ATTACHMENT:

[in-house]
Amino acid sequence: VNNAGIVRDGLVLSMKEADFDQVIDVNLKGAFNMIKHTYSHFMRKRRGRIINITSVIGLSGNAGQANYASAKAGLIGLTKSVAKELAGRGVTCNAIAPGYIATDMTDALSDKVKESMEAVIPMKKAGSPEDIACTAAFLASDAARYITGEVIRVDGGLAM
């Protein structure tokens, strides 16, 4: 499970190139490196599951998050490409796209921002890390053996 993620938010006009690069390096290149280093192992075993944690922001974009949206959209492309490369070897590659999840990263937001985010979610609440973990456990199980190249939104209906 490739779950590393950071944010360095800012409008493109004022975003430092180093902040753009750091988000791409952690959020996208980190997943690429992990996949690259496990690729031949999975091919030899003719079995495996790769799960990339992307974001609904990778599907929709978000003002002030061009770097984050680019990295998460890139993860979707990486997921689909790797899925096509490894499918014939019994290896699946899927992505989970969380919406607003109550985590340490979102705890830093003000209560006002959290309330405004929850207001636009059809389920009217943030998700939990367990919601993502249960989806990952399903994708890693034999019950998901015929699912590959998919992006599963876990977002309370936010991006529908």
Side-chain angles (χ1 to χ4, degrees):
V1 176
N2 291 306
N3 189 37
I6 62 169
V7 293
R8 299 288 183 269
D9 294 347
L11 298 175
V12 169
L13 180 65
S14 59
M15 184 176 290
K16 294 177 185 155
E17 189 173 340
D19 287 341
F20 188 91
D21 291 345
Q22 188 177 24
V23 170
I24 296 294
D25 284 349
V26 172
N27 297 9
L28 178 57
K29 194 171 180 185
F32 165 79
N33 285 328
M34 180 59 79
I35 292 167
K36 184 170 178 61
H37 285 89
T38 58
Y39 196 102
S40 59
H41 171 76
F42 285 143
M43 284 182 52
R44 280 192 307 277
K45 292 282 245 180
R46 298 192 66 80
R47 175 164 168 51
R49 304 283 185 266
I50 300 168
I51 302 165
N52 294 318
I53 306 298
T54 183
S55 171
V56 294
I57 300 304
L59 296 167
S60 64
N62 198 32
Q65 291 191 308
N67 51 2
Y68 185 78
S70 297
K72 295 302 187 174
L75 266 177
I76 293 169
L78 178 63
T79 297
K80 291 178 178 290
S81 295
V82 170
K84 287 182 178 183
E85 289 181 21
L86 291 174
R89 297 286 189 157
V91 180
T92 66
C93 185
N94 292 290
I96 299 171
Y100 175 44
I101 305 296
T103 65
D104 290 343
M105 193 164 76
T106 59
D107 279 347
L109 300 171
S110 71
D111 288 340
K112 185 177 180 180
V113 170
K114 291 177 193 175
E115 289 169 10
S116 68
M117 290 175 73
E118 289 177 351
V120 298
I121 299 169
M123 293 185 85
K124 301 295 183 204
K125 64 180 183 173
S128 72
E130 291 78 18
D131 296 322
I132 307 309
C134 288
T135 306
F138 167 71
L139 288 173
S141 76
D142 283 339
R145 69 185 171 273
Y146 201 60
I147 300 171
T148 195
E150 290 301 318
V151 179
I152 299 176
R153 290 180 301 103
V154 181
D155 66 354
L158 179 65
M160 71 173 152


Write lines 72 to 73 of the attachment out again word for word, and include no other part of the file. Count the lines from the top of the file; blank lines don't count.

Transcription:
L86 291 174
R89 297 286 189 157